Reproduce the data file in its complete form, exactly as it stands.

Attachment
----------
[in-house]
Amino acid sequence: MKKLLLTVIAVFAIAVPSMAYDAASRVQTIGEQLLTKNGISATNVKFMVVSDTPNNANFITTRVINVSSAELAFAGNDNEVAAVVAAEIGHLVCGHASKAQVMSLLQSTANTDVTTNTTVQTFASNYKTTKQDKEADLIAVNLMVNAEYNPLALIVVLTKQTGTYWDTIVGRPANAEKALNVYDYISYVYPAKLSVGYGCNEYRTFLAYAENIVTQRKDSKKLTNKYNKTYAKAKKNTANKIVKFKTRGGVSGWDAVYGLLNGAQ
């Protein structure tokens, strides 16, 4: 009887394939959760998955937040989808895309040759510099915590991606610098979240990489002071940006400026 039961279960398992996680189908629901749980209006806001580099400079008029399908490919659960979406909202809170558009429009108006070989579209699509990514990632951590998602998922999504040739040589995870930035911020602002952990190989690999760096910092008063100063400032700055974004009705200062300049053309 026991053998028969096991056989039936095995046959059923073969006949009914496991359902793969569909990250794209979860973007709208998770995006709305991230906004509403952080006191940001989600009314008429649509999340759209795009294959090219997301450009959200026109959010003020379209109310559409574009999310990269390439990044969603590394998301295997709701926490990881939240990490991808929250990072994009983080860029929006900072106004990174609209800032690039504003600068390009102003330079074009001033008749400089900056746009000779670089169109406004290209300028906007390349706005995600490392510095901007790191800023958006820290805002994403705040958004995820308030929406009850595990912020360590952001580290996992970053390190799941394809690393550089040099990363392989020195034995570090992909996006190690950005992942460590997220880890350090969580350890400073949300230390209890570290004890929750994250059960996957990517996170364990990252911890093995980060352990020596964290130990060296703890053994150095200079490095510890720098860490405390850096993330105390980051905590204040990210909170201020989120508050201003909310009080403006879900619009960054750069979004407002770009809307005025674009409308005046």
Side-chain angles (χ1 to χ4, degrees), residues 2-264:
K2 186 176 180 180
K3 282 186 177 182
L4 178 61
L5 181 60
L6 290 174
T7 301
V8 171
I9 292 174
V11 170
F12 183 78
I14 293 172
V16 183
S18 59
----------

[in-house]
Amino acid sequence: MKKLLLTVIAVFAIAVPSMAYDAASRVQTIGEQLLTKNGISATNVKFMVVSDTPNNANFITTRVINVSSAELAFAGNDNEVAAVVAAEIGHLVCGHASKAQVMSLLQSTANTDVTTNTTVQTFASNYKTTKQDKEADLIAVNLMVNAEYNPLALIVVLTKQTGTYWDTIVGRPANAEKALNVYDYISYVYPAKLSVGYGCNEYRTFLAYAENIVTQRKDSKKLTNKYNKTYAKAKKNTANKIVKFKTRGGVSGWDAVYGLLNGAQ
């Protein structure tokens, strides 16, 4: 009887394939959760998955937040989808895309040759510099915590991606610098979240990489002071940006400026 039961279960398992996680189908629901749980209006806001580099400079008029399908490919659960979406909202809170558009429009108006070989579209699509990514990632951590998602998922999504040739040589995870930035911020602002952990190989690999760096910092008063100063400032700055974004009705200062300049053309 026991053998028969096991056989039936095995046959059923073969006949009914496991359902793969569909990250794209979860973007709208998770995006709305991230906004509403952080006191940001989600009314008429649509999340759209795009294959090219997301450009959200026109959010003020379209109310559409574009999310990269390439990044969603590394998301295997709701926490990881939240990490991808929250990072994009983080860029929006900072106004990174609209800032690039504003600068390009102003330079074009001033008749400089900056746009000779670089169109406004290209300028906007390349706005995600490392510095901007790191800023958006820290805002994403705040958004995820308030929406009850595990912020360590952001580290996992970053390190799941394809690393550089040099990363392989020195034995570090992909996006190690950005992942460590997220880890350090969580350890400073949300230390209890570290004890929750994250059960996957990517996170364990990252911890093995980060352990020596964290130990060296703890053994150095200079490095510890720098860490405390850096993330105390980051905590204040990210909170201020989120508050201003909310009080403006879900619009960054750069979004407002770009809307005025674009409308005046």
Side-chain angles (χ1 to χ4, degrees), residues 2-264:
K2 186 176 180 180
K3 282 186 177 182
L4 178 61
L5 181 60
L6 290 174
T7 301
V8 171
I9 292 174
V11 170
F12 183 78
I14 293 172
V16 183
S18 59